The standard of review is well established.
Our responsibility on review is "to determine whether the record supports the factual findings of the court below and the legitimacy of the inferences and legal conclusions drawn from those findings." ... In making this determination, this Court will consider only the evidence of the prosecution's witnesses and so much of the dence of the prosecution's witnesses and so much of the evidence for the defense as, fairly read in the context of the record as a whole, remains uncontradicted.
Commonwealth v. Lark, 505 Pa. 126, 129, 477 A.2d 857, 859 (1984), quoting Commonwealth v. Kichline, 468 Pa. 265, 279, 361 A.2d 282, 290 (1976) (citations omitted). See also: Commonwealth v. Scatena, 332 Pa. Super. 415, 433, 481 A.2d 855, 864 (1984); Commonwealth v. Chamberlain, 332 Pa. Super. 108, 112, 480 A.2d 1209, 1211 (1984).
The record in this case discloses that a fire of incendiary origin erupted on August 30, 1979 in a downstairs apartment occupied by Deboral Sweet and her two children. Present at the time of the fire were Michael Jefferson, an acquaintance of Deborah Sweet, and Louis JP. DiNicola, a companion of Jefferson who had been previously unknown to Sweet. During the course of the evening, the threesome drank beer and smoked marijuana. Sweet and Jefferson, at some point in time, retired to Sweet's bedroom where they engaged in sexual intercourse. During this period of time DiNicola was left alone. Sweet and Jefferson fell asleep. They awakened to find the apartment engulfed in flames. Sweet, Jefferson, and DiNicola escaped, but Sweet's two children and an upstairs neighbor perished.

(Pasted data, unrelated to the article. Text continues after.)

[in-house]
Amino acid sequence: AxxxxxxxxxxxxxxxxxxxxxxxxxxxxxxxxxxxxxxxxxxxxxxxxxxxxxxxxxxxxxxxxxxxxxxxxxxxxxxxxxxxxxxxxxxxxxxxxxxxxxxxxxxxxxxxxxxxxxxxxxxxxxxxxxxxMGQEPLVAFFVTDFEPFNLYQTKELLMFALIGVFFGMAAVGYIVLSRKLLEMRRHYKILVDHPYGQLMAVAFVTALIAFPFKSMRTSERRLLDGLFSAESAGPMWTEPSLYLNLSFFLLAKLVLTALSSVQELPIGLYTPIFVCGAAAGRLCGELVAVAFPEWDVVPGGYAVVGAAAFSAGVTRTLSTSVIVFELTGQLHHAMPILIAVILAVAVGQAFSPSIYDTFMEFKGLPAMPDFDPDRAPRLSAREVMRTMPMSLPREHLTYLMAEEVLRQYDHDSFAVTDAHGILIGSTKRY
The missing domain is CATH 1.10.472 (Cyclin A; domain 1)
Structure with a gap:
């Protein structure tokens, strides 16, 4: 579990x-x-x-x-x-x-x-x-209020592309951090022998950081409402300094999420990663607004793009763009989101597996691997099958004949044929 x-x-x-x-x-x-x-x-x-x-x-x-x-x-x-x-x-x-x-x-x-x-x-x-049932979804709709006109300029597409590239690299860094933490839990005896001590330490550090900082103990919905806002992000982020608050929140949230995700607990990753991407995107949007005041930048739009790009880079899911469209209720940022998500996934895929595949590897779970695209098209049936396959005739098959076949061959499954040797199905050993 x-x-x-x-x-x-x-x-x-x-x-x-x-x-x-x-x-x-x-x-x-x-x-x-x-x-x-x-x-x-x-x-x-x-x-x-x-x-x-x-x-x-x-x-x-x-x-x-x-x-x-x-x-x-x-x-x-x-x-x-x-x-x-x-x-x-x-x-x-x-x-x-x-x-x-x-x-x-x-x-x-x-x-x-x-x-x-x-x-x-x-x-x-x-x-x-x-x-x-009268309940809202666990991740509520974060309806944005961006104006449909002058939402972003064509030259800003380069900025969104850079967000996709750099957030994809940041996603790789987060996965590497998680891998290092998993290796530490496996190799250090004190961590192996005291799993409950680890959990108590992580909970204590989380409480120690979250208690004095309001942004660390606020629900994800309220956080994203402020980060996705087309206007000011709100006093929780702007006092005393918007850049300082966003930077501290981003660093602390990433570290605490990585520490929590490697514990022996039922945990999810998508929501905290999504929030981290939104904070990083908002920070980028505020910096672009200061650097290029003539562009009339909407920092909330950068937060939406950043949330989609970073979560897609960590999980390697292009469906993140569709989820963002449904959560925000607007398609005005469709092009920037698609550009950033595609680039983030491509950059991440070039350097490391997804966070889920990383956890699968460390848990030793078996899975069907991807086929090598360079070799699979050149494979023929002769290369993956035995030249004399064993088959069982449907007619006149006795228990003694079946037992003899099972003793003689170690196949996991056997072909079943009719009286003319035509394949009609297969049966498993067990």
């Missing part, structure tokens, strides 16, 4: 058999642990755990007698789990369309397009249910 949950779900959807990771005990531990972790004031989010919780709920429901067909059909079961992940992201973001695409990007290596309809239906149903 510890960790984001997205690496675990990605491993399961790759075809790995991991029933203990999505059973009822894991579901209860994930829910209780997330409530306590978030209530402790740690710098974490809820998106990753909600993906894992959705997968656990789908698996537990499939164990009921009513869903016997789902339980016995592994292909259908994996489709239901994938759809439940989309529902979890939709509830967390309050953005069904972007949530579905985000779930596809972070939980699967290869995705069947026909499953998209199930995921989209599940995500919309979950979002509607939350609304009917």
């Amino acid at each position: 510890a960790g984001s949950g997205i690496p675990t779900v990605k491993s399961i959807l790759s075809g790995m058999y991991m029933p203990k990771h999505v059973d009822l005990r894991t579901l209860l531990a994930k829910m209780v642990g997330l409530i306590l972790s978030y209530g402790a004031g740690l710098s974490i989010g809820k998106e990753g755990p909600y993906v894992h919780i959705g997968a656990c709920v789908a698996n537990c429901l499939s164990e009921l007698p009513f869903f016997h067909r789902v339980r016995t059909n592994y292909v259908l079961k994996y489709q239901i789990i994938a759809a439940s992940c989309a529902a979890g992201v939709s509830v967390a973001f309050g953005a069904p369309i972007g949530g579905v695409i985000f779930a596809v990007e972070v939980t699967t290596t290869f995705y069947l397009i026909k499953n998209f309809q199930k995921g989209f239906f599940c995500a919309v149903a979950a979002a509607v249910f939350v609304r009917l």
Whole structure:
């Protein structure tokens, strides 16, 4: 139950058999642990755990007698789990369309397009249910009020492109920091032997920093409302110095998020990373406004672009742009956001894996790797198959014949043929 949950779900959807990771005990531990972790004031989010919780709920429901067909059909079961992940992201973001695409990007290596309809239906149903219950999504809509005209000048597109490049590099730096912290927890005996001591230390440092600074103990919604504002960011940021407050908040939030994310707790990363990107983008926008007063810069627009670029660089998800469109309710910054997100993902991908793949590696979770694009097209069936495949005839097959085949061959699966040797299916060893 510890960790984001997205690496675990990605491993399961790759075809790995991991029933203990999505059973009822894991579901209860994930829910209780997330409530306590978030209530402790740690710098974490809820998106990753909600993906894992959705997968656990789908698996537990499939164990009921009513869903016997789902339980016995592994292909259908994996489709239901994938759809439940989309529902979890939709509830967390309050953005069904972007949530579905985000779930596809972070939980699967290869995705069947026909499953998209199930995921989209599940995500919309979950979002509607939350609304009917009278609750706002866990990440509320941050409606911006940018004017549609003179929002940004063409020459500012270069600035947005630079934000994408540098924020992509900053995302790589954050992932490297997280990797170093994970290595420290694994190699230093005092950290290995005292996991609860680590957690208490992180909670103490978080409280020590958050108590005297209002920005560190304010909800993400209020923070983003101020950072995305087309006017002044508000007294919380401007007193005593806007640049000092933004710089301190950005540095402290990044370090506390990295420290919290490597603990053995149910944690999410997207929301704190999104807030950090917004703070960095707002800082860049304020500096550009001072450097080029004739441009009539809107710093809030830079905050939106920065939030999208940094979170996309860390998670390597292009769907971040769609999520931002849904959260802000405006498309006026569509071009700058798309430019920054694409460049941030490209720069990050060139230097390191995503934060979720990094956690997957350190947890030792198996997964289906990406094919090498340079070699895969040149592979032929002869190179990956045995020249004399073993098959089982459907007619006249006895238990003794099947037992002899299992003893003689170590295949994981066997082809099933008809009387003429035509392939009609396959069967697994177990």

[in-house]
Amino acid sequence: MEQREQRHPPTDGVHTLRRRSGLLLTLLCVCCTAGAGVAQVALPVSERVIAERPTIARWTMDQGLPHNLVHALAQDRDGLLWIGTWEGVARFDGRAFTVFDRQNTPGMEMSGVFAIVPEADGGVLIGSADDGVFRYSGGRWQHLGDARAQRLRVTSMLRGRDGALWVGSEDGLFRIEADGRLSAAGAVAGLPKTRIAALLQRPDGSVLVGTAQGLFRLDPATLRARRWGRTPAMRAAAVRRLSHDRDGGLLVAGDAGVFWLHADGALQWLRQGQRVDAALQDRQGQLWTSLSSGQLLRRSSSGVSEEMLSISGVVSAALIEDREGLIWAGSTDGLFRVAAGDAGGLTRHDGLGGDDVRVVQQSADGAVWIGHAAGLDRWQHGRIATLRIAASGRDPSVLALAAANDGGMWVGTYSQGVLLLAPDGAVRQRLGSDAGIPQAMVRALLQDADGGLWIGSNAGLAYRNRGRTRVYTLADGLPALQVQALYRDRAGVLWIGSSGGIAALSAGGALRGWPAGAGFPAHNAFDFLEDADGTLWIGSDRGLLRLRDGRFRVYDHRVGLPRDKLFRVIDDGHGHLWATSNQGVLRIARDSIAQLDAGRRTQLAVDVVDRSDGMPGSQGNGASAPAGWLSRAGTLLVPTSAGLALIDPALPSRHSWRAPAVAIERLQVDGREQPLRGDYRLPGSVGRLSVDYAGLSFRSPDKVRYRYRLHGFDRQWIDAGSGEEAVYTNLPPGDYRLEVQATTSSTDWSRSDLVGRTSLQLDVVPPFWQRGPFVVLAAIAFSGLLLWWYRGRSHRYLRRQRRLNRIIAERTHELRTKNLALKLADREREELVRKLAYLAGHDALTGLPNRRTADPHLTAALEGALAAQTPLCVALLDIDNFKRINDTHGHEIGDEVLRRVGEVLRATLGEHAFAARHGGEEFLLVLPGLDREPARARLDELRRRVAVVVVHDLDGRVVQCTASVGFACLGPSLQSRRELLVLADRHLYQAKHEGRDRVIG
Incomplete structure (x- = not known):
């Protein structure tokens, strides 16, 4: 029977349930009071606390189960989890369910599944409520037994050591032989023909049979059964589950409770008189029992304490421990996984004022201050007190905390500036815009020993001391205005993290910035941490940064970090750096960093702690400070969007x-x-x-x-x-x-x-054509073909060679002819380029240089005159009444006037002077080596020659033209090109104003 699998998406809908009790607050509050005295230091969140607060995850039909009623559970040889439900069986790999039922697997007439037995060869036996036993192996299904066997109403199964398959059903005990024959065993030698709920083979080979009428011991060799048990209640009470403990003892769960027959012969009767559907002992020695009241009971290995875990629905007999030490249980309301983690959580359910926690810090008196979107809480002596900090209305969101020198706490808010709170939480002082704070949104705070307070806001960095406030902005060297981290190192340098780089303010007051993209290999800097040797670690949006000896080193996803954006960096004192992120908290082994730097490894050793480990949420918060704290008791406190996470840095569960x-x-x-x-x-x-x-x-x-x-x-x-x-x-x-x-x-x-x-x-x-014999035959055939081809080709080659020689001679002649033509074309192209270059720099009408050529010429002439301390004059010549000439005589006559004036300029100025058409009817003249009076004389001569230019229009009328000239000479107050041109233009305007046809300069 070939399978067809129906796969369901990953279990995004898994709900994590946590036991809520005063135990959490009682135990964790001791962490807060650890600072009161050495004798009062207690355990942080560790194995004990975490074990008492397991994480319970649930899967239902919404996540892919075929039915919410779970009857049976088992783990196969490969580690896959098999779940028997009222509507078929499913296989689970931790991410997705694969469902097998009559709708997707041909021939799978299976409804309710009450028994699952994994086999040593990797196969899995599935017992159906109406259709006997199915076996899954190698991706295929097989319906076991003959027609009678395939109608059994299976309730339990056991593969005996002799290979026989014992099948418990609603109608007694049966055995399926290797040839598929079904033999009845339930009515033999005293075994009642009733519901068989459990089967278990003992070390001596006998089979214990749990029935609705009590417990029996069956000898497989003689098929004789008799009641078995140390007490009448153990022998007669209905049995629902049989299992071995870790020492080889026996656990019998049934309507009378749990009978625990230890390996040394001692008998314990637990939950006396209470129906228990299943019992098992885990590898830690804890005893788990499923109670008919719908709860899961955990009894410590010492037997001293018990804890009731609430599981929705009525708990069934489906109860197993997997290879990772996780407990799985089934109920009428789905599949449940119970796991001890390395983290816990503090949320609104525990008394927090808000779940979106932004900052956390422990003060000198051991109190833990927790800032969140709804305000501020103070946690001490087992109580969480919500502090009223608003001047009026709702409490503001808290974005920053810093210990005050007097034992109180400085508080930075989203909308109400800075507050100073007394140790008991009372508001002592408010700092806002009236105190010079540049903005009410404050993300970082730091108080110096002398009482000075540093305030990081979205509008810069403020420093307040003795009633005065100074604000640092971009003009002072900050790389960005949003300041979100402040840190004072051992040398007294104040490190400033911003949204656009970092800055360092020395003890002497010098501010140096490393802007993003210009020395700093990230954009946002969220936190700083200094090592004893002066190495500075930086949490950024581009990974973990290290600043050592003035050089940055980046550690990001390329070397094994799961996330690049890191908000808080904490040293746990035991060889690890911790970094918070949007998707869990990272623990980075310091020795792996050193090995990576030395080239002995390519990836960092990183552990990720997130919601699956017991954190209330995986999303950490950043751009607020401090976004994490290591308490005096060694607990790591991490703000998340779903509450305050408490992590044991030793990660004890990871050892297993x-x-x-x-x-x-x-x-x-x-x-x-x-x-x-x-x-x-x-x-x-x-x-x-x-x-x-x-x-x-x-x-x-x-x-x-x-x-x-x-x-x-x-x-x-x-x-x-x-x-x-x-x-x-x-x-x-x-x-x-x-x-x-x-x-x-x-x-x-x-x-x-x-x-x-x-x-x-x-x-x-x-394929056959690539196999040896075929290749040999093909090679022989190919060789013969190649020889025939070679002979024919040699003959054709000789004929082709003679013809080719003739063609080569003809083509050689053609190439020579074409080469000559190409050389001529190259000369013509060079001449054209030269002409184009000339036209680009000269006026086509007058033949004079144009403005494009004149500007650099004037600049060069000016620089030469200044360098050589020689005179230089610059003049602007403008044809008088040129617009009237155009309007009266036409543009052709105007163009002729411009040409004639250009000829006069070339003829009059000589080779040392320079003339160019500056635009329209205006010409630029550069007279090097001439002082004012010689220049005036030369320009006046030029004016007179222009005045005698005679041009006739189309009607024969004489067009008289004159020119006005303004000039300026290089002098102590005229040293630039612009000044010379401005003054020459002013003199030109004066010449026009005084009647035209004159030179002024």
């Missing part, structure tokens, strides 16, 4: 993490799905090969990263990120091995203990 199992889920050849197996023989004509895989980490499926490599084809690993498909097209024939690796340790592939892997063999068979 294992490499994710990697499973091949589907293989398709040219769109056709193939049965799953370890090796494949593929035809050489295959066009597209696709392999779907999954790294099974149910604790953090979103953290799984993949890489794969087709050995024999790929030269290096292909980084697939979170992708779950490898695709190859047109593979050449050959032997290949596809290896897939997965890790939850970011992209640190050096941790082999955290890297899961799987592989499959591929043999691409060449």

On September 6, 1979, while a patient at St. Vincent's Health Center, Sweet gave a statement to police officers, which was tape recorded.*fn3 In that statement she said that after she had put her children to bed and after the threesome had consumed beer and smoked marijuana, she received a long distance telephone call, which she took in the living room. At that time, she said, she had heard a commotion in the kitchen where the two men then were located. When she got off the phone, about 10:35 p.m., DiNicola used her bathroom to shower and clean up, and Sweet and Jefferson went to her bedroom and engaged in sexual intercourse. While in the bedroom, with the door open, Sweet observed DiNicola leave the bathroom. Sweet was going on in other portions of the apartment. She said that she had voiced her concern about this to Jefferson, who attributed it to DiNicola's drunkenness and said there was nothing to worry about. They dozed off thereafter, only to awaken to find the bedroom filled with smoke. Sweet and Jefferson ran from the bedroom, saw that the apartment was in flames, and heeded a warning from DiNicola to get out of the apartment. Police officers who interviewed Sweet on September 6th also prepared a three page typewritten police report which summarized Sweet's testimony. The information in this report was substantially, but not precisely, the same as that contained in the tape recording. In the taped interview, Sweet said that she had returned home around 8:30 p.m. on the night of the fire; the police report suggests that she said 6:30 p.m. Sweet said during her interview, as tape recorded, that the marijuana had been very strong, that it might have had something else in it; the report refers to her guess that the marijuana had been laced with angel dust. Sweet was again questioned by police on September 14th. All that remains of that interview is a five page typewritten report prepared by the police and detailing her recollections. It differs only slightly from the earlier tape recording and police report. One notable difference, however, is that on September 14, Sweet was reported to have told police that while she and Jefferson had been in her bedroom she heard DiNicola leave the apartment.